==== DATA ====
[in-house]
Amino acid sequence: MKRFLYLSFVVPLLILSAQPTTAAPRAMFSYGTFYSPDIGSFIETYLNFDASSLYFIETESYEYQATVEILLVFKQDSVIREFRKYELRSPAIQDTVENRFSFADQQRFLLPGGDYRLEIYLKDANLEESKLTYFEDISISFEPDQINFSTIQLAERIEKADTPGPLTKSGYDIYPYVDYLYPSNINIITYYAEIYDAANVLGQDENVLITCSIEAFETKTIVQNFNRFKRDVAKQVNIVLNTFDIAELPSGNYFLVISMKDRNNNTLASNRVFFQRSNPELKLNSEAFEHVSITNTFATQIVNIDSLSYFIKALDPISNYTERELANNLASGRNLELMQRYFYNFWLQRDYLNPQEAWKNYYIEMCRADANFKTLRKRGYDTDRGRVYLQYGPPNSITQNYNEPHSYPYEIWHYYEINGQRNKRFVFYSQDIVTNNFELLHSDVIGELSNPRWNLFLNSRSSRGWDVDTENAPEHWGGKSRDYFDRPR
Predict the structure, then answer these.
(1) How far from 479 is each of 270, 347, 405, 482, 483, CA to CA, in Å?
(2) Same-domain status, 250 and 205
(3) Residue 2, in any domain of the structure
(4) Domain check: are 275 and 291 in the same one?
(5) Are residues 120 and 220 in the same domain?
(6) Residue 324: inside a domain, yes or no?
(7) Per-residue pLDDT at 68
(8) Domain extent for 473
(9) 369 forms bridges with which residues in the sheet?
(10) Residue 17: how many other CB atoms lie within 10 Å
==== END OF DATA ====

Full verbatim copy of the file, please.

[in-house]
Amino acid sequence: MKRFLYLSFVVPLLILSAQPTTAAPRAMFSYGTFYSPDIGSFIETYLNFDASSLYFIETESYEYQATVEILLVFKQDSVIREFRKYELRSPAIQDTVENRFSFADQQRFLLPGGDYRLEIYLKDANLEESKLTYFEDISISFEPDQINFSTIQLAERIEKADTPGPLTKSGYDIYPYVDYLYPSNINIITYYAEIYDAANVLGQDENVLITCSIEAFETKTIVQNFNRFKRDVAKQVNIVLNTFDIAELPSGNYFLVISMKDRNNNTLASNRVFFQRSNPELKLNSEAFEHVSITNTFATQIVNIDSLSYFIKALDPISNYTERELANNLASGRNLELMQRYFYNFWLQRDYLNPQEAWKNYYIEMCRADANFKTLRKRGYDTDRGRVYLQYGPPNSITQNYNEPHSYPYEIWHYYEINGQRNKRFVFYSQDIVTNNFELLHSDVIGELSNPRWNLFLNSRSSRGWDVDTENAPEHWGGKSRDYFDRPR
Predict the structure, then answer these.
(1) How far from 479 is each of 270, 347, 405, 482, 483, CA to CA, in Å?
(2) Same-domain status, 250 and 205
(3) Residue 2, in any domain of the structure
(4) Domain check: are 275 and 291 in the same one?
(5) Are residues 120 and 220 in the same domain?
(6) Residue 324: inside a domain, yes or no?
(7) Per-residue pLDDT at 68
(8) Domain extent for 473
(9) 369 forms bridges with which residues in the sheet?
(10) Residue 17: how many other CB atoms lie within 10 Å